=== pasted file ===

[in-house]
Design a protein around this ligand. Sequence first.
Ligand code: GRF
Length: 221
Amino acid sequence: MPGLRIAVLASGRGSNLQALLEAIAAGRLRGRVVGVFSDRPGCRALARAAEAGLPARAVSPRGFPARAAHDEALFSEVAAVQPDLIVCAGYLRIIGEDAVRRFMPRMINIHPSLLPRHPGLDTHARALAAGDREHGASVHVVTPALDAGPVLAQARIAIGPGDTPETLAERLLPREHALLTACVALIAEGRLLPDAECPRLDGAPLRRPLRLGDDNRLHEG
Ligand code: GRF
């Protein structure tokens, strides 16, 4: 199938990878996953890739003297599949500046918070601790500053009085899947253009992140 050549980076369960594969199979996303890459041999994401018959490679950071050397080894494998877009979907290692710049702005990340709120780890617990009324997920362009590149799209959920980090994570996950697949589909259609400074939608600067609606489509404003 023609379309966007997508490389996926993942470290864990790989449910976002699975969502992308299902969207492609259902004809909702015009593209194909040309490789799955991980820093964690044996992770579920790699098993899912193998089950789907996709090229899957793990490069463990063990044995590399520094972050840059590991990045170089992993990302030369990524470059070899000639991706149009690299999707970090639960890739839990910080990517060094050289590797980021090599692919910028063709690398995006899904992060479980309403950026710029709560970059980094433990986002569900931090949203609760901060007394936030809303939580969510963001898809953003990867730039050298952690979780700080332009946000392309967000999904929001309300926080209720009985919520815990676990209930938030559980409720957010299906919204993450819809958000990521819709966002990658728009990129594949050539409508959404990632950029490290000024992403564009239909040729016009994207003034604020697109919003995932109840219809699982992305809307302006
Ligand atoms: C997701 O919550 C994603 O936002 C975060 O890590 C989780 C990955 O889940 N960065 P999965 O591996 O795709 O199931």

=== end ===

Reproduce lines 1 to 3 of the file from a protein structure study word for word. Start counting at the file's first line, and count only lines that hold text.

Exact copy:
[in-house]
Design a protein around this ligand. Sequence first.
Ligand code: GRF